Literature has long inspired filmmakers and screenwriters, who often labor to bring novelists' words, characters, and settings to the big screen. From such silent epics as Birth of a Nation to contemporary masterpieces such as The Lord of the Rings, the film industry has consistently looked to literature as its muse. The Encyclopedia of Novels into Film, Second Edition provides a comprehensive, in-depth look at more than 300 American and foreign novels and their film adaptations. Enhanced by more than 100 photographs and line art illustrations, entries have been revised and updated throughout, and more than 30 new articles have been added to highlight the most recent adaptations.
Tibbetts and Welsh have edited other works for Facts On File either as a team (The Encyclopedia of Stage Plays into Film) or individually, and this latest collaboration updates their earlier (1999) examination of the adaptation from novel into celluloid. The 300-plus brief, scholarly entries (including 60 new titles) are arranged alphabetically by novel title and range from pulp to serious fiction; each includes the novel's title, a plot summary, a critique of the adaptation, and a short secondary bibliography. Featured are many significant films released since 1999, including The Lord of the Rings trilogy and The Hours, as well as major works absent from the original edition, including Ethan Frome and Forrest Gump. An index, more than 100 black-and-white stills and sketches, and a selected bibliography are included. Given the multitude of critics here, a wide variation in style and quality is to be expected, although devoting one page each to The Blue Angel and The Graduate but eight-and-a-half to the Rings trilogy seems a bit unbalanced. Also, coverage of each adaptation can be scanty-sometimes just a short paragraph-with emphasis seemingly placed on more contemporary versions (e.g., Great Expectations). Bottom Line Film scholars will probably be a bit disappointed by the selections and lack of detail, but this volume is geared toward a more general audience, who should find the work useful. Recommended for all public and academic film collections, along with such theoretical works as George Bluestone's Novels into Film and Bruce Morrissette's Novel and Film.-Anthony J. Adam, Prairie View A&M Univ. Lib., TX Copyright 2005 Reed Business Information.
With contributions from several dozen academics covering adaptations from Henry Fielding to Stephen King, this reference work is full of promise. The entries are organized by book titles (cross-referenced from films with changed titles) and contain short essays on the book and its various screen incarnations. But there are a number of deficiencies, starting with the mysterious selection process, which is not explained by Tibbitts (His Majesty the American: The Cinema of Douglas Fairbanks, Sr., Oak Tree, 1977) and Welsh, editor of the Literature Film Quarterly. It would have helped if all the novels had been synopsized, allowing the contributor to make a direct comparison to what is contained in the film. Short biographies of the novelists are confusing; some works mentioned are covered in the book, while others are not. Not a necessary purchase.Thomas J. Wiener, editor, "Satellite DIRECT," Vienna, Va.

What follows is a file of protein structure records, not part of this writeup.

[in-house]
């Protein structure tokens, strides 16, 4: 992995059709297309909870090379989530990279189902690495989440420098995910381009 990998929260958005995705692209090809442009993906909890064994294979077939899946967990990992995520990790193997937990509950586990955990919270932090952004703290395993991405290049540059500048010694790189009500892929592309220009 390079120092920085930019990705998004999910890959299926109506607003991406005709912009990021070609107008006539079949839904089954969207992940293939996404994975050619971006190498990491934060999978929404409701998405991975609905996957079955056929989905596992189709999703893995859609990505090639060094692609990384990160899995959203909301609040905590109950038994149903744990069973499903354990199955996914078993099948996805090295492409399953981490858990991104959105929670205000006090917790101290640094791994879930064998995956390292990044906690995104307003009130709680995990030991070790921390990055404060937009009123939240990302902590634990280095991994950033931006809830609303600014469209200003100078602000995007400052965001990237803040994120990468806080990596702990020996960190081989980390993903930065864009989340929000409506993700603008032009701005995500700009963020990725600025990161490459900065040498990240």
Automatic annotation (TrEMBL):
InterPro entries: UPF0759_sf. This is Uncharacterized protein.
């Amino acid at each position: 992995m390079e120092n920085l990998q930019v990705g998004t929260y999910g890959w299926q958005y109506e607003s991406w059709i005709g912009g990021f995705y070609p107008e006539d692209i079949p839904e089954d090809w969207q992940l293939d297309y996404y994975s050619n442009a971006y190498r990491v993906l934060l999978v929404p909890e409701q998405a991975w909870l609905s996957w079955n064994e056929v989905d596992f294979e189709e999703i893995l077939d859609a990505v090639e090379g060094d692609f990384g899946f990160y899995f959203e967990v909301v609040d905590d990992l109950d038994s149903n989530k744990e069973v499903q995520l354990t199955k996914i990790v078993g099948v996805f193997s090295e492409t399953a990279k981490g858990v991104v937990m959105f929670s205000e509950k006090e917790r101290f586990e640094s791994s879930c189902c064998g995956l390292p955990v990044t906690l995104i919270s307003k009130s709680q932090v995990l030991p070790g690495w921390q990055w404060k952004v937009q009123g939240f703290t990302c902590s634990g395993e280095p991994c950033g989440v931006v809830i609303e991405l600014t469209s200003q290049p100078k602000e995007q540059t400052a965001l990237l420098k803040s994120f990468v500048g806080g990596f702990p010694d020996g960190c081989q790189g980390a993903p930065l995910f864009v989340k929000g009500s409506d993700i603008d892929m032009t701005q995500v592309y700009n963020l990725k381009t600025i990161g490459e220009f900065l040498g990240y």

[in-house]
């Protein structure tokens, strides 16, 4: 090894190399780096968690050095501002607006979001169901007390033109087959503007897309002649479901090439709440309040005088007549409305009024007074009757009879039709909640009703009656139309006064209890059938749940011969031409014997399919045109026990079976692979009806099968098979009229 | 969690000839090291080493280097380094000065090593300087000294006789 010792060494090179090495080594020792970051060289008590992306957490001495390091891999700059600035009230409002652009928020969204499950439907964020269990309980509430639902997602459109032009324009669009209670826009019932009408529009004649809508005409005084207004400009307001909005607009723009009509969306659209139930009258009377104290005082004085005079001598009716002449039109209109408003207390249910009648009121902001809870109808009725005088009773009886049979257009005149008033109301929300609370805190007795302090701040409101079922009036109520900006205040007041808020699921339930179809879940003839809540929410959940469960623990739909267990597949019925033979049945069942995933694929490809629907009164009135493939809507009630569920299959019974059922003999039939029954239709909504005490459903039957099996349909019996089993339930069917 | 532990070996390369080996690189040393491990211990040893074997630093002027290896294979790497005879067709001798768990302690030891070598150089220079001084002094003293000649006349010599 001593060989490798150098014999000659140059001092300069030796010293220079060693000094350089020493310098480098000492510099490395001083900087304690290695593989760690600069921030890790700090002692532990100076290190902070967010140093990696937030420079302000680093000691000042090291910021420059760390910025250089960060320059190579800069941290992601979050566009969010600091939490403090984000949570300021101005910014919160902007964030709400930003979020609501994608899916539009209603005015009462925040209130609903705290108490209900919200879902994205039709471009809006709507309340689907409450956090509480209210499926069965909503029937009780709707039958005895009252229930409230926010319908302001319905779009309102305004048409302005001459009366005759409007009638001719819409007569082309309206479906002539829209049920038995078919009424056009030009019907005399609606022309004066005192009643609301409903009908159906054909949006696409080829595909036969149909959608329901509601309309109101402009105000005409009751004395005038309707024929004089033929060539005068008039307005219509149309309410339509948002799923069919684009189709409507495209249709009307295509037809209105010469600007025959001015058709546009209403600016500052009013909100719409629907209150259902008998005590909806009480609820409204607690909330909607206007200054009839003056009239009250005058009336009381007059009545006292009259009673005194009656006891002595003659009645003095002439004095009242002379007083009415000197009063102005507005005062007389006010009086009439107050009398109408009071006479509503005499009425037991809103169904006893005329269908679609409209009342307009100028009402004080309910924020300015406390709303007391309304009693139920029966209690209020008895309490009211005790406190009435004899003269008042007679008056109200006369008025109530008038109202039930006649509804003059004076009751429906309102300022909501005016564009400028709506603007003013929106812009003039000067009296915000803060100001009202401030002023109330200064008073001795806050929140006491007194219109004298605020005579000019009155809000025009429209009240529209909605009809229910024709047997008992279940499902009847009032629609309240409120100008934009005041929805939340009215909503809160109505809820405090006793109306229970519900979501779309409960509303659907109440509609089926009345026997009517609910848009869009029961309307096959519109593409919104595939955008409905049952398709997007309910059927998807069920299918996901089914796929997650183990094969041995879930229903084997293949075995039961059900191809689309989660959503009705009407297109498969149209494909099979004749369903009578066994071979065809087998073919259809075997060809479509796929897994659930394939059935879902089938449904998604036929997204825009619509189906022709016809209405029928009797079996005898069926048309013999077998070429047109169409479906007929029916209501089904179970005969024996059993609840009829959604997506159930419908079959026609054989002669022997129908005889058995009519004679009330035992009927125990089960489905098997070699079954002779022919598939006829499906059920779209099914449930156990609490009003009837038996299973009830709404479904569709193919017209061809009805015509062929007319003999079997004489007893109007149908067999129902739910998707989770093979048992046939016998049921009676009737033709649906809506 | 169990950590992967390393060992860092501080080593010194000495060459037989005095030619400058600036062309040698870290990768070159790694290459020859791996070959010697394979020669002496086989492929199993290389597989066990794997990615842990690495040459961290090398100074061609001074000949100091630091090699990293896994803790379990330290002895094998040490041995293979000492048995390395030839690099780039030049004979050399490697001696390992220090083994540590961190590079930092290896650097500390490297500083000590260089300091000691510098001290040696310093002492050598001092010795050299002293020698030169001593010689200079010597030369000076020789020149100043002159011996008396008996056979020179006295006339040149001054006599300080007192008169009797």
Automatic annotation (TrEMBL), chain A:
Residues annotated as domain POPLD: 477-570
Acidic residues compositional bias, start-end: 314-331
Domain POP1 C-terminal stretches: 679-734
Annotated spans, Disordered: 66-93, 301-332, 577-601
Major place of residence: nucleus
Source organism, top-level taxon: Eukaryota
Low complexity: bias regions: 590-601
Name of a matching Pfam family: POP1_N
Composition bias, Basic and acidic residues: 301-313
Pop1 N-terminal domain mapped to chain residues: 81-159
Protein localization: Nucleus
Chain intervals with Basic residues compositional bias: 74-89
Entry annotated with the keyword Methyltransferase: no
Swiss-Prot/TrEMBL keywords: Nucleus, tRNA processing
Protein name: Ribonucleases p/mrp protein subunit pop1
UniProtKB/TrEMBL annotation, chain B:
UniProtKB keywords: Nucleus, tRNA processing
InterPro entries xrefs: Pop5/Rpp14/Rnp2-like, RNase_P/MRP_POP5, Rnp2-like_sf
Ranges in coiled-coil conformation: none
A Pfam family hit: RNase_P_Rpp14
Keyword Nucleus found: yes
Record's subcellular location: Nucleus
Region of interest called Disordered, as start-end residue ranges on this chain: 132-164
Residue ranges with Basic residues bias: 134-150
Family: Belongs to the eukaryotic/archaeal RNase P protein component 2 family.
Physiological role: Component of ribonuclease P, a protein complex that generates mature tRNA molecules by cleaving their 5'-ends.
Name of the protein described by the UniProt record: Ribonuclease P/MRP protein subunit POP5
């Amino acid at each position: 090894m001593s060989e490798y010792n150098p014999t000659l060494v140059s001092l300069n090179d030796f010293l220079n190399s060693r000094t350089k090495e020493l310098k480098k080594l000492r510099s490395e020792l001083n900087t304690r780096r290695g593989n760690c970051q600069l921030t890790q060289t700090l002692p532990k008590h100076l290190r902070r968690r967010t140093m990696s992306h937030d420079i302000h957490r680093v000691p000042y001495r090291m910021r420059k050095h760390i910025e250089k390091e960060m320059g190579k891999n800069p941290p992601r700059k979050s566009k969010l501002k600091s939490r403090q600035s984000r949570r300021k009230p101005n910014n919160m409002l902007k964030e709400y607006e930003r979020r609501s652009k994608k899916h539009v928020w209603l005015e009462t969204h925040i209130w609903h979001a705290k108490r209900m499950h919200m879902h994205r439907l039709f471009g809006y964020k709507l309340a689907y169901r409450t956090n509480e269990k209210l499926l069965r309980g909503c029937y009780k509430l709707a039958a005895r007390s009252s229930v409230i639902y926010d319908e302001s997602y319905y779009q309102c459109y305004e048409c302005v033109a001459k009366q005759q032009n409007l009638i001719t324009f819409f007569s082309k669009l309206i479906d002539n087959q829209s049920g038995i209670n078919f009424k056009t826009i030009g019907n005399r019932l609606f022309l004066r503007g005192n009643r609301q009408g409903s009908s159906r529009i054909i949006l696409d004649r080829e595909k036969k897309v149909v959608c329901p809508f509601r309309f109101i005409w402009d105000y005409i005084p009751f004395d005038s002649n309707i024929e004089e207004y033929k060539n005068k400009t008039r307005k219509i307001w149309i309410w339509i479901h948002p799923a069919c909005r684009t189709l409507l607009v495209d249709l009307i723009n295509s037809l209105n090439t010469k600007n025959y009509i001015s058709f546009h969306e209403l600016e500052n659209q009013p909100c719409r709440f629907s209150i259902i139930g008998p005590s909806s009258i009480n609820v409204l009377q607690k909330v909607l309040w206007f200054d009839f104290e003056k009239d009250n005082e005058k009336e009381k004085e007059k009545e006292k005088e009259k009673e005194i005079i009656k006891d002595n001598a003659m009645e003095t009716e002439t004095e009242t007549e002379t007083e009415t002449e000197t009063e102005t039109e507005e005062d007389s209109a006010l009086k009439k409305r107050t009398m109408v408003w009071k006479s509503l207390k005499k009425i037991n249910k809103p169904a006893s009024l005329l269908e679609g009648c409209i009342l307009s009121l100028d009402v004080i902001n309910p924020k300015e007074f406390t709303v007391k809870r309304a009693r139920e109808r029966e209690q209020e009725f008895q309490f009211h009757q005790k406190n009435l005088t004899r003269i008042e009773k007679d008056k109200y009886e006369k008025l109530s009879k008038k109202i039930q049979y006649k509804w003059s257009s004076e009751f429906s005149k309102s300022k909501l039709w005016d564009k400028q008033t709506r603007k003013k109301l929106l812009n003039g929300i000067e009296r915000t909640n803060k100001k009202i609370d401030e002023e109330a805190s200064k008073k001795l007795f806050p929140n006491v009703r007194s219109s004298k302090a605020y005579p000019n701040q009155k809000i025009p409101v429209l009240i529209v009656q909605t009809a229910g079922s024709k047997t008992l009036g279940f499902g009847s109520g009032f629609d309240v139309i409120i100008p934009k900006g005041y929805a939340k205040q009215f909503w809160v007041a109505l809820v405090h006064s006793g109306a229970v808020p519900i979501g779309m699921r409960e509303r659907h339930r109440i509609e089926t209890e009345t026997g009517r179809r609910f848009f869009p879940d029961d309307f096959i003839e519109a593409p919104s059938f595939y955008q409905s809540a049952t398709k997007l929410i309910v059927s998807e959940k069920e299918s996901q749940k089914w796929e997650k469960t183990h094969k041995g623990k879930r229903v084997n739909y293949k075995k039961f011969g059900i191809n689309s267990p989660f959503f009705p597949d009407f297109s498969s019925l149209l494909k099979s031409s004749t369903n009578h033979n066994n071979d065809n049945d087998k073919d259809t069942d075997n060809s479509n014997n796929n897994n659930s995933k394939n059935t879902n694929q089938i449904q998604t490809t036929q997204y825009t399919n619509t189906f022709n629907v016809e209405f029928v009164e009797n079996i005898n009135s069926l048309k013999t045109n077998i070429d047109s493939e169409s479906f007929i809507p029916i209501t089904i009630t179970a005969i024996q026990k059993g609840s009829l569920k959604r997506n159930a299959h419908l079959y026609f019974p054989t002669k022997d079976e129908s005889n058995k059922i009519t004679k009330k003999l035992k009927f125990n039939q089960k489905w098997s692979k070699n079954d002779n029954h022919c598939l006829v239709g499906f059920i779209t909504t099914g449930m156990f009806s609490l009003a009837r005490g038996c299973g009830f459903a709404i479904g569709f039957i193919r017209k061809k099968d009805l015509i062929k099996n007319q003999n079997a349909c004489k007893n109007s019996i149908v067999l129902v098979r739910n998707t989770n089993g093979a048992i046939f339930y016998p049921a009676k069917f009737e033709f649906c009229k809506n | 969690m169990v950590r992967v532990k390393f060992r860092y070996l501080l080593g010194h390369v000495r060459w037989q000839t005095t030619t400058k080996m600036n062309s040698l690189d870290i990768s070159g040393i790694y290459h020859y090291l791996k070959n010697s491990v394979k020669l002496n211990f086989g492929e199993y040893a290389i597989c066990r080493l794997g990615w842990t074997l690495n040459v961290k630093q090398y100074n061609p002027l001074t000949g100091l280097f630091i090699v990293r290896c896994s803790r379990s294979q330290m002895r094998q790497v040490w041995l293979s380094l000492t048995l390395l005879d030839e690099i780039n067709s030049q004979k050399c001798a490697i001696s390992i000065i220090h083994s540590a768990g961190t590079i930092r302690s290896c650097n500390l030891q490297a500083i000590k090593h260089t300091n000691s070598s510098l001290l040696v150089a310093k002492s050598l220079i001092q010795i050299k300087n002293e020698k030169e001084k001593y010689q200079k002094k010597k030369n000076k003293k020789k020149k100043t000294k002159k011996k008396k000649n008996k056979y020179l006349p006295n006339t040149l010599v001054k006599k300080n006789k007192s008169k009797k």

School Library Journal
YA-A wonderful resource for everyone with silver halide running through their veins. The authors, with the help of 75 scholars and writers, have culled the universe of novels produced into film and presented them in a coherent mix. The first section is alphabetically arranged by book title. For each entry, equal weight is given to an analysis of the novel and the film. Anecdotes about author's motives, writing style, plot development, and synopsis are also included. The entries highlight the novels' metamorphosis into film. Many of the entries are accompanied by a black-and-white movie still and there are pictures of some of the authors. An appendix gives selected bibliographical sketches of well-known authors. Most of the novels selected are classics, making this book especially appealing to those who want to explore how classic literature has been turned into cinematographic art.-John Kiefman, Fairfax County Public Library, VA Copyright 1999 Cahners Business Information.
Provides the common reader with basic information about screen adaptations of novels. Entries for some 300 films provide information concerning the date of release, the production and releasing companies, and the director and screenwriter. Discussions of the films cover the plot, the importance of the novel adapted, the problems and technical aspects of adaptation, and modifications to the original story. The authors includes numerous b&w stills as well as line drawings of novelists. Name index only. Annotation c. by Book News, Inc., Portland, Or.